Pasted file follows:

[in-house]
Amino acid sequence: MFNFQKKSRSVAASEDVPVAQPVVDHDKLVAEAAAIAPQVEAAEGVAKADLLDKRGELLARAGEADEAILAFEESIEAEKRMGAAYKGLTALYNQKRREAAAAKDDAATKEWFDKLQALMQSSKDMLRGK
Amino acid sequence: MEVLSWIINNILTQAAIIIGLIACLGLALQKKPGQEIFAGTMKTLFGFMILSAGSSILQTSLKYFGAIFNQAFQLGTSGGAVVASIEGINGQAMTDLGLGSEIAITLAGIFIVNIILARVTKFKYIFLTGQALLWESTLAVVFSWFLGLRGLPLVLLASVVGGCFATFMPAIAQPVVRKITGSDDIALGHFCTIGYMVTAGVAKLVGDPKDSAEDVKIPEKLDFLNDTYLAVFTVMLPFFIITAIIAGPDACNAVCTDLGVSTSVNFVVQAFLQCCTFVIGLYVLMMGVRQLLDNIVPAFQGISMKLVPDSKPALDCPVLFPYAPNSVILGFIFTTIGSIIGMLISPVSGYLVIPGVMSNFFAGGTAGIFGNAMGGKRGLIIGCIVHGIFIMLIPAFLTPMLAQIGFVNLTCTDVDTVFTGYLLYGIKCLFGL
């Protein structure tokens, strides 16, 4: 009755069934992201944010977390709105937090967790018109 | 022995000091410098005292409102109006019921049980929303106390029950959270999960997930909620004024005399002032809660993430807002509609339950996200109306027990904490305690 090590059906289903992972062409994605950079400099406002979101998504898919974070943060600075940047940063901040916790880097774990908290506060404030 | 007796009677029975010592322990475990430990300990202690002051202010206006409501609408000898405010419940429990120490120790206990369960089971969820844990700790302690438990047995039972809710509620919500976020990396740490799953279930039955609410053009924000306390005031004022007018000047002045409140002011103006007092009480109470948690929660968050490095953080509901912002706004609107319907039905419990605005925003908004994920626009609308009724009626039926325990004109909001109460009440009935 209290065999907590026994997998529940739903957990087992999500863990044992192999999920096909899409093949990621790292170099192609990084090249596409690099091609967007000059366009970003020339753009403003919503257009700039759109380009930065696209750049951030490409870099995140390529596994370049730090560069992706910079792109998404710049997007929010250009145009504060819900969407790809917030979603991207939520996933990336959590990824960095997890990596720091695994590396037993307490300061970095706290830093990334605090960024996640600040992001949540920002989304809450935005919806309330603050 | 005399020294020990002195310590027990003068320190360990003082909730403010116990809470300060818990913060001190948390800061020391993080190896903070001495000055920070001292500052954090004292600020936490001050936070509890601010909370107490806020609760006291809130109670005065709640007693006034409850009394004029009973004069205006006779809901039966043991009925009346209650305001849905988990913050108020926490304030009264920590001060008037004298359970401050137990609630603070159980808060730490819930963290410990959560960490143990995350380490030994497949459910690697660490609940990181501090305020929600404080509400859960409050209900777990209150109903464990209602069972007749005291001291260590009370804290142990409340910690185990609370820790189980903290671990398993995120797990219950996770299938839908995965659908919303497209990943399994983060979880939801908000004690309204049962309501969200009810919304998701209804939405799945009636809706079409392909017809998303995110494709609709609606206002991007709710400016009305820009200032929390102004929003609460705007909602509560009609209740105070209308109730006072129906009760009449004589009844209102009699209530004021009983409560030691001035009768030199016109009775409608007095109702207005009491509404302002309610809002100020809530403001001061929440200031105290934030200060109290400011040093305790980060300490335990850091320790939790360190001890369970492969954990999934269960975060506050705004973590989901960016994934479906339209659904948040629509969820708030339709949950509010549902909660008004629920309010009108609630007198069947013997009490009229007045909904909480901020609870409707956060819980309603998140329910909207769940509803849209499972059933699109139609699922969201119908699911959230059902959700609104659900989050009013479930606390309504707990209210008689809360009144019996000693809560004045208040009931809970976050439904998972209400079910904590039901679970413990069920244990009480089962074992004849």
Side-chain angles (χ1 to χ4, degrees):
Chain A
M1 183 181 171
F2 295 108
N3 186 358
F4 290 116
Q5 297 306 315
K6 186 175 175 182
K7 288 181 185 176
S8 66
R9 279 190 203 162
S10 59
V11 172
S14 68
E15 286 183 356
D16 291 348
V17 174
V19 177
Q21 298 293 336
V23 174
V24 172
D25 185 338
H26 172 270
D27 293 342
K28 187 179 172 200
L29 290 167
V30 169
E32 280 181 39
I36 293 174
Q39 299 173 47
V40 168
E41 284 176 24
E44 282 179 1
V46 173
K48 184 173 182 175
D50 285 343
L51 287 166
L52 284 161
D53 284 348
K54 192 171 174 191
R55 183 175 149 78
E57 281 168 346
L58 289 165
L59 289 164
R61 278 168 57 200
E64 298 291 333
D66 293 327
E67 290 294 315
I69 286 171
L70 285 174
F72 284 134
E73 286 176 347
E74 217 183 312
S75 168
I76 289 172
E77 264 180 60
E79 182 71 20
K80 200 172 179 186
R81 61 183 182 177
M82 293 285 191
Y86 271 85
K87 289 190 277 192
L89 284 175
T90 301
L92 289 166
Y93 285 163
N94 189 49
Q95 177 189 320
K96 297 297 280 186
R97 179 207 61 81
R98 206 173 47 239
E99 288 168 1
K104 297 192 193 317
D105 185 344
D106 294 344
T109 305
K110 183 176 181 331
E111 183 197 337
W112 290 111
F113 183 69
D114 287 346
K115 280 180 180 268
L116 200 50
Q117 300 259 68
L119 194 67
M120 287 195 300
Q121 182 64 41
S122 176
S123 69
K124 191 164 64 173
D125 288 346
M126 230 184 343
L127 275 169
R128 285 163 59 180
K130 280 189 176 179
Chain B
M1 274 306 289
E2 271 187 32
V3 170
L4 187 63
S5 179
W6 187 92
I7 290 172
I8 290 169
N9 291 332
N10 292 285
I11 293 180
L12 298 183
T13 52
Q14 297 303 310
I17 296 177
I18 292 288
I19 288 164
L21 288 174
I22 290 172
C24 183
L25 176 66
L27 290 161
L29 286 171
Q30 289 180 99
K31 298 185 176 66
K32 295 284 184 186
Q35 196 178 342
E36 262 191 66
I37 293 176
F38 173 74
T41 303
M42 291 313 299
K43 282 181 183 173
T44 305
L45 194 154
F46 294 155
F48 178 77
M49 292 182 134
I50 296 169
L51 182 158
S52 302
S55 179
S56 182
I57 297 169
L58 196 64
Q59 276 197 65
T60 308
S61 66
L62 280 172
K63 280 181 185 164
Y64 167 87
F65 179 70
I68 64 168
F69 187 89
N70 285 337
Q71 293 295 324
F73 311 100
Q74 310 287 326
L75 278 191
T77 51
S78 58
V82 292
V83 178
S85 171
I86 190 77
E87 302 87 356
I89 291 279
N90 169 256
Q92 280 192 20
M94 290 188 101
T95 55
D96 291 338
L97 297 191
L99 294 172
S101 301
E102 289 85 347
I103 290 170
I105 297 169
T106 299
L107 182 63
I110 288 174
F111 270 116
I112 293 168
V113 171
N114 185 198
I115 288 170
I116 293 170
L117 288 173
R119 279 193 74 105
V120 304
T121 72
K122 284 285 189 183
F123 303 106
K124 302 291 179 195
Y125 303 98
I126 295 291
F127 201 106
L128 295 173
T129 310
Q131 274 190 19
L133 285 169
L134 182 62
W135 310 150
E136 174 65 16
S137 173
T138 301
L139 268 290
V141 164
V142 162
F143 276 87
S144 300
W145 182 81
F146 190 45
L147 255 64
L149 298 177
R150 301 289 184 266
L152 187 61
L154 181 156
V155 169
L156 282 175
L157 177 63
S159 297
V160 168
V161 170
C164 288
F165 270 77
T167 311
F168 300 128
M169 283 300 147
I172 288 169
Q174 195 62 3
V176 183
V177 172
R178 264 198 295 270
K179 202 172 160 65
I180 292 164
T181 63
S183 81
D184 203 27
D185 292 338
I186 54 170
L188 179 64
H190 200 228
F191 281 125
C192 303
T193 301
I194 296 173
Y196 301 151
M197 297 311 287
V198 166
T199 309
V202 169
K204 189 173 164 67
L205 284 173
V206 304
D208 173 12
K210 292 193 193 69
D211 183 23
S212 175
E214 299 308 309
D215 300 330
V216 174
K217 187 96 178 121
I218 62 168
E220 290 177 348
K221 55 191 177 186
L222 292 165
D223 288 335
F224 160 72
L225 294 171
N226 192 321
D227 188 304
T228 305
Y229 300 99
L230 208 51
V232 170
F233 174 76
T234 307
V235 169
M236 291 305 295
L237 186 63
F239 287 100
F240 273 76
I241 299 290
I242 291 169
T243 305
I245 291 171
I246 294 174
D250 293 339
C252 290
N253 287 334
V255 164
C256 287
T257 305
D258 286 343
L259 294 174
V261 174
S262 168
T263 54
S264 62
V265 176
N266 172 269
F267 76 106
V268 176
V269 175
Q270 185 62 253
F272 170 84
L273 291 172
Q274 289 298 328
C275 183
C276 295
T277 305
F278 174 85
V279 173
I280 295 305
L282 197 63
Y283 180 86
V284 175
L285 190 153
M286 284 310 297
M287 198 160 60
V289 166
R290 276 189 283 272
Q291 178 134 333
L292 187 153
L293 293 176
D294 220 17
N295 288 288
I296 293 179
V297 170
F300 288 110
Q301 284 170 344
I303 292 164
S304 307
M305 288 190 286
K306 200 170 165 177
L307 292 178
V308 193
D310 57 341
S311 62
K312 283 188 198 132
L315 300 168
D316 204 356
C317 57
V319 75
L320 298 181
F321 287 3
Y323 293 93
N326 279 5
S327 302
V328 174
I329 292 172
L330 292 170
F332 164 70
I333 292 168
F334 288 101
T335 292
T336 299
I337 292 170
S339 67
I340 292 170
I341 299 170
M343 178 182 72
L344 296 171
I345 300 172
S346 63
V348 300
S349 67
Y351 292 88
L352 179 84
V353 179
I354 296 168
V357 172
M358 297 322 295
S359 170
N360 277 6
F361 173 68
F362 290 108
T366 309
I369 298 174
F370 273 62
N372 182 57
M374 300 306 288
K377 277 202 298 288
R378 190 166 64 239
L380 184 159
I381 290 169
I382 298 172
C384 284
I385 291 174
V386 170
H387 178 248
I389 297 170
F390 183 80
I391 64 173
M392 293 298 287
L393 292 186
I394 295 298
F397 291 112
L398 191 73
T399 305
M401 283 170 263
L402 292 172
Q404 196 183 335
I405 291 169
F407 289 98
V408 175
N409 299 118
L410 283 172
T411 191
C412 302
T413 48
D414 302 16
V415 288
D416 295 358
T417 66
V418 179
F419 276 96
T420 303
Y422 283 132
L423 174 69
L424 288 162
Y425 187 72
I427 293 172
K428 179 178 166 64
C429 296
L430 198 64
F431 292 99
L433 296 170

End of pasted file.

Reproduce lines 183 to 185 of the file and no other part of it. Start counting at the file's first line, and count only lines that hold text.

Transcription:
I112 293 168
V113 171
N114 185 198